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Making Workplace Wellness a Priority: What Does It Take?


By Hallmark Business Connections | March 13, 2014 | Engage Employees

When employers make workplace wellness a priority, it can have a positive effect on both employee health and the company’s bottom line.  But, according to the Global Corporate Challenge (GCC) study conducted in May 2013, the majority of employees (86%) don’t participate in wellness programs for a number of reasons, chief among them because they simply do not have the time.

So what can companies do to make workplace wellness programs a priority for employees whose time is limited?  Here are a few recommendations that can help get you started:

  • Identify the biggest health concerns for employees: In order to entice employees to participate in a wellness program, start by determining their biggest health concerns and then find ways to improve health in those areas.  SoutheastHEALTH, for example, offers health screenings to employees and then provides employers with the aggregate data so that they can figure out which areas to target in particular.  Such an approach can pay off in a big way for employees, who may be more willing to participate in wellness programs where their individual health needs are being addressed.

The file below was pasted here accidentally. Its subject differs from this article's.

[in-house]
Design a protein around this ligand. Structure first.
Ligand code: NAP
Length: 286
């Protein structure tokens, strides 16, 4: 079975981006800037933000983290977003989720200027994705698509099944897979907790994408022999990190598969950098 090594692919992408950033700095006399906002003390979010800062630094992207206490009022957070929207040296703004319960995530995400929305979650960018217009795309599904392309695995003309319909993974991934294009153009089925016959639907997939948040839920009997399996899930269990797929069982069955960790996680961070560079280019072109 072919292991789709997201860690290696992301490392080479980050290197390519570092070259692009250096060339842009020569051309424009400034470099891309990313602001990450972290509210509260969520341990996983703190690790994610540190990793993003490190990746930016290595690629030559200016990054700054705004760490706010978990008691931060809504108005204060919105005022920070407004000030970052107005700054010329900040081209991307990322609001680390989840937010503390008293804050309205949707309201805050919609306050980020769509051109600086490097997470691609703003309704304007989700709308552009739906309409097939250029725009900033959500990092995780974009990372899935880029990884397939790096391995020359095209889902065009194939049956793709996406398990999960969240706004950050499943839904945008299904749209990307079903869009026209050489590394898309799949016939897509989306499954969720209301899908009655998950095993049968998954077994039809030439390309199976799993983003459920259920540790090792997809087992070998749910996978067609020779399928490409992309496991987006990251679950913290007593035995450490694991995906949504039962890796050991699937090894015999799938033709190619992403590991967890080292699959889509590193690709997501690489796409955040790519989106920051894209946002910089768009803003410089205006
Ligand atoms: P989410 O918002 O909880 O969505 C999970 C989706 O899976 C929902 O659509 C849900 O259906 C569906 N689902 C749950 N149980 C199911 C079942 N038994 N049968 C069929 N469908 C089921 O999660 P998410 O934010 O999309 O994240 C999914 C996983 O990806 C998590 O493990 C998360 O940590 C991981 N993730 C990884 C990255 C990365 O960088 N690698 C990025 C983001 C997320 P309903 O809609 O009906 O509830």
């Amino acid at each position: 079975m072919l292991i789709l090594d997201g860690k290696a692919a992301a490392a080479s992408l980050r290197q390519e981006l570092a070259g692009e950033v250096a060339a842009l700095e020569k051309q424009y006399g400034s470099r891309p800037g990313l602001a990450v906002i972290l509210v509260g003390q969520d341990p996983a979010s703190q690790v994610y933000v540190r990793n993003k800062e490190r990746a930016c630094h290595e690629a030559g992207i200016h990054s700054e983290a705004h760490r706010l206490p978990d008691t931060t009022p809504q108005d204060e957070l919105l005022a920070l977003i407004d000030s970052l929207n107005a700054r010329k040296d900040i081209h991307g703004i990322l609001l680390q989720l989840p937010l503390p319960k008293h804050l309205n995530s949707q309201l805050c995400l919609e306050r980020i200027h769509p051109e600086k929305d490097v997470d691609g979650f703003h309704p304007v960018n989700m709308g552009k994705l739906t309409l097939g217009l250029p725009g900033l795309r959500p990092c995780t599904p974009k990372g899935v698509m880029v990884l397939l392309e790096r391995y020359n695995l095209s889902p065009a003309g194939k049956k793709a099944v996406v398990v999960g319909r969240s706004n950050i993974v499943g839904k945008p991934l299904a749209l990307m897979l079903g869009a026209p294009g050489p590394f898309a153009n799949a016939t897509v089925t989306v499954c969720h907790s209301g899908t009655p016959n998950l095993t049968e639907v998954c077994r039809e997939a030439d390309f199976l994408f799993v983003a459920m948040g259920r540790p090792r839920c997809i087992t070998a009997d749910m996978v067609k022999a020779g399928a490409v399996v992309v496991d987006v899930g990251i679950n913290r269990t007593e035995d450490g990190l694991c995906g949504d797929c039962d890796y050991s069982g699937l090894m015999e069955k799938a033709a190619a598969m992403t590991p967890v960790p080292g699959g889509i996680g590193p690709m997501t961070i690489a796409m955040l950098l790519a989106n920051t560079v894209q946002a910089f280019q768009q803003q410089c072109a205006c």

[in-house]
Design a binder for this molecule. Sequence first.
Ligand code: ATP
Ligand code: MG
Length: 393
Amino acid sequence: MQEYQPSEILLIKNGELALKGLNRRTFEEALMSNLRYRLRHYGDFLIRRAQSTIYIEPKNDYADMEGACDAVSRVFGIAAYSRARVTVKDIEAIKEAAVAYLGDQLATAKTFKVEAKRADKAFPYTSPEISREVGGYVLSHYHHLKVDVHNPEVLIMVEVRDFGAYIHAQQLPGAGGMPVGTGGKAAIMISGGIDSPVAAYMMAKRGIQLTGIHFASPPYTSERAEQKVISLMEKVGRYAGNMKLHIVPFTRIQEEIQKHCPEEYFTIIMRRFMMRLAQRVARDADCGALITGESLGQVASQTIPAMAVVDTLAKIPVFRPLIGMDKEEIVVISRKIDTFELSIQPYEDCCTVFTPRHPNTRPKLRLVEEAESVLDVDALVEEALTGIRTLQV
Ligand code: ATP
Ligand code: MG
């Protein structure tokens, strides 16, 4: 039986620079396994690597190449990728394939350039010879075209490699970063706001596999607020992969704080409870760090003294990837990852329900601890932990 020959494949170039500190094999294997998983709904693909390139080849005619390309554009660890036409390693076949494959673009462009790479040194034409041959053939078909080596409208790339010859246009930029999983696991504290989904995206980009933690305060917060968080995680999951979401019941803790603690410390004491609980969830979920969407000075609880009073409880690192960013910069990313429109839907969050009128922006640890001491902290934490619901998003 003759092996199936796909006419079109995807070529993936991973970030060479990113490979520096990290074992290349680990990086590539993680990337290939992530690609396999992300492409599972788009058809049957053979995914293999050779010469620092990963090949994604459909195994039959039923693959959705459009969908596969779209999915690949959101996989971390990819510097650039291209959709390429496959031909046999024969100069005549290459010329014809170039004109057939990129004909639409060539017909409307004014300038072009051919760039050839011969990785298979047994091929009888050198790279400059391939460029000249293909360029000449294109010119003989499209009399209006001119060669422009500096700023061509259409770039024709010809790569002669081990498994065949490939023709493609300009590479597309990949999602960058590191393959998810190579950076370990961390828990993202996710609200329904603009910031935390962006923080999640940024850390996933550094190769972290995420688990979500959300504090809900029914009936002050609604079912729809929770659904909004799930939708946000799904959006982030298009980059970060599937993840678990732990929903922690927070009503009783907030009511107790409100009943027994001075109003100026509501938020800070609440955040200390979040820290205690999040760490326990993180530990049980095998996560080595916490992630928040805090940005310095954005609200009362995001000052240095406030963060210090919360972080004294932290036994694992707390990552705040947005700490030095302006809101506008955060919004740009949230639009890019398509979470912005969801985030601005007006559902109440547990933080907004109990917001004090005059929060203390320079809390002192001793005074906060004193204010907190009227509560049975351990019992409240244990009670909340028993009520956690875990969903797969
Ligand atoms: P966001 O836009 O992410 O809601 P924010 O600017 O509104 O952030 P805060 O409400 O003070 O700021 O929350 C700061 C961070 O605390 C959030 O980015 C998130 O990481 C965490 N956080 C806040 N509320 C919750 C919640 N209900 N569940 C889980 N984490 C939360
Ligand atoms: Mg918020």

• Build in time for wellness program participation: As the GCC survey indicates, there is an ever-increasing need to integrate health and wellness initiatives into the daily lives of employees.  To encourage program participation (and to make employees feel confident they can take time away from their busy schedules to focus on their health), try to get leadership support of the wellness program and lead by example.
  • Establish a sense of camaraderie: Sometimes the biggest motivator of program participation involves one little word: fun!  Wellness programs offer the chance to experience activities with colleagues that aren’t related to work, whether by participating in a walking club or sports team, by having lunch together, or by going to the gym.  By interacting with co-workers, employees can provide encouragement to others and be held accountable to their own goals.
  • Offer consistency with program events and activities: What’s the use of instituting health and wellness programs if they aren’t properly maintained?  Wellness programs should offer employees regular events and scheduled activities to keep the momentum going.  Ideas include having a health and wellness event every week (e.g., free fruit on Mondays, Wednesday walks outside the office, etc.) or even offering to sponsor employees for physical activities that may take place outside the office (e.g., marathons, charity walks, etc.).

As any company that has ever instituted a workplace wellness program knows, there’s no one way to go about establishing a health and wellness plan that will work for your company.  Be sure to consider the individual needs of your employees (and your company) to determine what your program will ultimately entail.  And remember: The key to a more productive, engaged workforce is to make employee health a priority.  So now is the time to get started!

For more information, take a look at our strategies, process, and resources associated with Wellness Engagement Programs.

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